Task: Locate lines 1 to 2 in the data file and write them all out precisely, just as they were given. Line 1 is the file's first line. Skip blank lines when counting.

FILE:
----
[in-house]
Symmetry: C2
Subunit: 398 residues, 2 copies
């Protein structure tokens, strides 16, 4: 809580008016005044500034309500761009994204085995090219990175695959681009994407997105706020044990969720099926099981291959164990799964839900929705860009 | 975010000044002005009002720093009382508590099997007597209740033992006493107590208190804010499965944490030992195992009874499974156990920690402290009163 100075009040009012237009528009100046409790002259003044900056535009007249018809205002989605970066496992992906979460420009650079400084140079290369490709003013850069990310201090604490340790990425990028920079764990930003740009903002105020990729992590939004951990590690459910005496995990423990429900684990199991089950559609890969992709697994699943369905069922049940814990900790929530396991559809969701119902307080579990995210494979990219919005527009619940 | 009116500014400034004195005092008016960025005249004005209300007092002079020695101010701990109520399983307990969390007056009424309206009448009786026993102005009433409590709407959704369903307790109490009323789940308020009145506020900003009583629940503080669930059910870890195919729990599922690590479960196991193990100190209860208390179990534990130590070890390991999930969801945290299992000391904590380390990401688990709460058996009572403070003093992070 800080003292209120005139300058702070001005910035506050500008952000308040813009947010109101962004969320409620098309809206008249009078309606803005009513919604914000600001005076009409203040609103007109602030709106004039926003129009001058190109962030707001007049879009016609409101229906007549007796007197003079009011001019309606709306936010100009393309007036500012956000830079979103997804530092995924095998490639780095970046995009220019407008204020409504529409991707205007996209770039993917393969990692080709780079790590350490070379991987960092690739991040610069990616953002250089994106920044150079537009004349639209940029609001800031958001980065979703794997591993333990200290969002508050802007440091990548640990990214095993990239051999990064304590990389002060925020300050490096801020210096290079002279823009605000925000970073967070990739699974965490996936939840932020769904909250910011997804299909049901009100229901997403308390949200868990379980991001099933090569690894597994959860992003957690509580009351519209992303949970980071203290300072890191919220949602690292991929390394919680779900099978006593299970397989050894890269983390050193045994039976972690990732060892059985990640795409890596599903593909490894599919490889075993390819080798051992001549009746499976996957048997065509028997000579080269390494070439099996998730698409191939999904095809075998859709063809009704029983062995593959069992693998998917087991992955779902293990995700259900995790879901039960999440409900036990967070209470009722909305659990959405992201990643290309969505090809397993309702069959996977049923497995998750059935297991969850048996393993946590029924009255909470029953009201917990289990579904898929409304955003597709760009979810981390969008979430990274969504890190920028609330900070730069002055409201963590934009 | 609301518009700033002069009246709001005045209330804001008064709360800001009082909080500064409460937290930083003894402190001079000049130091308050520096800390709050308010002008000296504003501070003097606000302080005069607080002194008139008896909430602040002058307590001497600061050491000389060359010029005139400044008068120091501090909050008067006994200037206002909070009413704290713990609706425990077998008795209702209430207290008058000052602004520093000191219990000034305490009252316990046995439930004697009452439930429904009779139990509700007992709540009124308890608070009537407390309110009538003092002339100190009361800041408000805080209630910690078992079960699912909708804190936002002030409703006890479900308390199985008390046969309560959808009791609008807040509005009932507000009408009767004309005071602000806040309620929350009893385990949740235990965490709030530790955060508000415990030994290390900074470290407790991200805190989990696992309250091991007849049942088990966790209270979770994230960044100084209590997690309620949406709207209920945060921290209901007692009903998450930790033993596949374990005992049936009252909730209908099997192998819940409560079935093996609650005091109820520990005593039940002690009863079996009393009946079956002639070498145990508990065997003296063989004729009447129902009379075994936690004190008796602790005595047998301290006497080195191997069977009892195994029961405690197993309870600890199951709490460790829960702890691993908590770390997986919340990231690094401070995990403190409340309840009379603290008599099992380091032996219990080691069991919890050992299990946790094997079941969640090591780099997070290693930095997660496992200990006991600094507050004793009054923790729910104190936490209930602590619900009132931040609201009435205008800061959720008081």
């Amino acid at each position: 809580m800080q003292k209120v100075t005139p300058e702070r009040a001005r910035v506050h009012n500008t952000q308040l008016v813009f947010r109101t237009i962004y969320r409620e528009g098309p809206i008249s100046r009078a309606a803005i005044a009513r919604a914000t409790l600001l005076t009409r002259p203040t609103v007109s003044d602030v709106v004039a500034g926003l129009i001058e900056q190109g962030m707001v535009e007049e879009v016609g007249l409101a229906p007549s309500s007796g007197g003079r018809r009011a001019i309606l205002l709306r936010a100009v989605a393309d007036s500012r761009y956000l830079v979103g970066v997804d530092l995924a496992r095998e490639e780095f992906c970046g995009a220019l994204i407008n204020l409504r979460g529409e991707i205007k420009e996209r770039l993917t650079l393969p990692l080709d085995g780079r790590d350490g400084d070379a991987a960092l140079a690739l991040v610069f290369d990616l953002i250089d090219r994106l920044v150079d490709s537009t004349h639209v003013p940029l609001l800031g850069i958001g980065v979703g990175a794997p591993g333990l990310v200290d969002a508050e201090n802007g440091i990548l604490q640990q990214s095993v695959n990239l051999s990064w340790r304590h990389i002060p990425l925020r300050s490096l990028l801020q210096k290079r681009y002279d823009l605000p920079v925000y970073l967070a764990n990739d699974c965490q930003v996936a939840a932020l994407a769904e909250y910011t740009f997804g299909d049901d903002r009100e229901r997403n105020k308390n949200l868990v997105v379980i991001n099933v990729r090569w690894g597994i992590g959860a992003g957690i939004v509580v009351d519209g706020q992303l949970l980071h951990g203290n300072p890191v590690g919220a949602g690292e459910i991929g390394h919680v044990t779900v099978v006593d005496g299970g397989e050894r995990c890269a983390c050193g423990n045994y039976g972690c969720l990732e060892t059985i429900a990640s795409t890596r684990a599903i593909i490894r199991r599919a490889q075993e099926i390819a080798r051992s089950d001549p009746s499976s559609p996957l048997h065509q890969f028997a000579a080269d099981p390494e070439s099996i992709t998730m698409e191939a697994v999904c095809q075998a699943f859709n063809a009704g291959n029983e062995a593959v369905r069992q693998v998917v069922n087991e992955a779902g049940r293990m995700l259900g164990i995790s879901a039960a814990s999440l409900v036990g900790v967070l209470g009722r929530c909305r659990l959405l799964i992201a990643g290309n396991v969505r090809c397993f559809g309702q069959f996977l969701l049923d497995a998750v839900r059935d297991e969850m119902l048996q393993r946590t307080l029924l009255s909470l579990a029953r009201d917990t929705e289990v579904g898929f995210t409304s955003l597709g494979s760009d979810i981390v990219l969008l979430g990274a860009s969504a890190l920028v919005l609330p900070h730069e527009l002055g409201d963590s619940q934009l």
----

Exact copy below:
[in-house]
Symmetry: C2